Noa Eshkol's Dance Suites

The repertoire of the Noa Eshkol Chamber Dance Group is comprised of dance compositions by Noa Eshkol, all composed in Eshkol-Wachman Movement Notation. “…Each dance belongs to a suite of dances. A suite of dances encompasses variations on a movement theme or themes. A movement theme can be defined only by movement notation, and cannot be defined by a story.” (Noa Eshkol, 1979)

In 1991, Eshkol writes:

“In retrospect, I see that virtually all of my dances are in fact exercises in movement notation, in that they were all either composed in notation, or in terms of notational concepts (in the case of pre-EW notation).

The purpose of composing with a notation is to be able to analyze a movement theme into its elements, without preconceived ideas – of a performance intended to express (for example) happiness, death… The names given to the dances are appendices, not declarations of predetermined content to be expressed by the movements. The intention is always to treat the elements as parts of a continuum – that is to say, systematically. The numerical treatment of amounts of movement, of order of movements, can reflect processes. This holds in the case of the numerical (quantitative) analysis of observed phenomena, as in zoology. Dance is an artificially created phenomenon: the “system” represented by my compositions is a system implied by the notation method. It may be that others are possible as well.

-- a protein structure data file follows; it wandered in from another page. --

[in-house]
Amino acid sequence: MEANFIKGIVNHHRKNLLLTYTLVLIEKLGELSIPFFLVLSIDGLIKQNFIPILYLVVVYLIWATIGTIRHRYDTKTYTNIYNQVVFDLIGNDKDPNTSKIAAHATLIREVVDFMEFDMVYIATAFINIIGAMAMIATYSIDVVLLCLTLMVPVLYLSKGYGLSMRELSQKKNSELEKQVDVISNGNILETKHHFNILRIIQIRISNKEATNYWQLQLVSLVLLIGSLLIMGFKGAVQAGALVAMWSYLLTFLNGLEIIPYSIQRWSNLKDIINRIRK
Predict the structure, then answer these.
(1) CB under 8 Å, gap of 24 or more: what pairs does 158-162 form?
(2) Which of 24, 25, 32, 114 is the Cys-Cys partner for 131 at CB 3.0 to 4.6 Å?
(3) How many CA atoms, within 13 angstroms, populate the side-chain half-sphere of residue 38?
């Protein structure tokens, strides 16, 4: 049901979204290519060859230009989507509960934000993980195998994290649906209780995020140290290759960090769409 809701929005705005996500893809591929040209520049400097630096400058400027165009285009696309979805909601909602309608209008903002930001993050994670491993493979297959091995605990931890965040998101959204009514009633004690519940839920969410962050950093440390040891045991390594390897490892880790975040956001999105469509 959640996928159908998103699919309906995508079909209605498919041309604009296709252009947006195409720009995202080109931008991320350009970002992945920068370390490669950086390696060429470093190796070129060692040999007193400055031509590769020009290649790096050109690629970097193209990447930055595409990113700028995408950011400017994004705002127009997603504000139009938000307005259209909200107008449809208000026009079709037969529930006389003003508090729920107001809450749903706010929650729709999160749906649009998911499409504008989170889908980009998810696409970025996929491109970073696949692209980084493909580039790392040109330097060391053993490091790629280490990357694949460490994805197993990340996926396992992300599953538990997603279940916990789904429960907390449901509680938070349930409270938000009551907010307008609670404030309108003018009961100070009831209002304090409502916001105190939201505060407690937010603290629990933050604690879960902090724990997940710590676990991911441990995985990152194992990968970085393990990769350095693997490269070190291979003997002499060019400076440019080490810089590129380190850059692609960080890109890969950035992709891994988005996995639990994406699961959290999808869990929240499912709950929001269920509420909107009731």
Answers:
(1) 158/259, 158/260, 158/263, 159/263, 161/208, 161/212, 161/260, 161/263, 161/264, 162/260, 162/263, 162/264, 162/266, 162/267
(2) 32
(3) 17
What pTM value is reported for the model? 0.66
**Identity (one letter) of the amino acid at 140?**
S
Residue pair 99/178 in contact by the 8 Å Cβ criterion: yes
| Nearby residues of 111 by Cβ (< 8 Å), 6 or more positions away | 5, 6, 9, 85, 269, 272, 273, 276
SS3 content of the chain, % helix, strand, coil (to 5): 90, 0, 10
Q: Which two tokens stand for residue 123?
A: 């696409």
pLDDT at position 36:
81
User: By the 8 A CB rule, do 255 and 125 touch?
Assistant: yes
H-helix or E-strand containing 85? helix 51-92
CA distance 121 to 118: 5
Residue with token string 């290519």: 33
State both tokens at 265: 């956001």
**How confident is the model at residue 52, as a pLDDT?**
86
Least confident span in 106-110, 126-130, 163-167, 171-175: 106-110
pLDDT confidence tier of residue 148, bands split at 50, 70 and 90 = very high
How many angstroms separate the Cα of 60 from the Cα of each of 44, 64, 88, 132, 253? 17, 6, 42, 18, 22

In other methods of movement notation, it is not possible to analyze the material quantitatively. The symbols of Labanotation, representing notation such as high, medium and low, do not refer to any quantifiable element in the physical world. The symbols of Benesh do not indicate movement elements but gestelten, and are not open to quantification. CMDN approaches quantification, but does not use numbers as such as the basis of the system, which makes quantitative treatment of the movement impossible. It is possible to translate most of a CMDN score into numerical values, but this amounts virtually to converting it into an EW score. EWMN expresses quantities, intervals.

The aim of EWMN and the aim of using series (which a quantitative notation allows) is to enable one to deal with the physical phenomena: in the first place, the human body in space.

Theses exercises are quite primitive, and are all built round the interval of 45 degrees. The approach is like selection of a scale, and attempting to exhaust all of the possibilities contained within it.

In retrospect, EWMN appears to have created a movement “technique”. The accepted view of dance is that unlike painting or music, it is a means of expression of the dancer’s own person. In classical ballet and in modern dance, the method cultivated is that of practicing forms of movement, much as movements are practiced in various sports, until skill is achieved. These movements are then deployed as the material for the composition of dances, with some decorative additions and gimmicks. Every innovator in the world of dance has added to the available repertoire of dance movements (e.g. Martha Graham).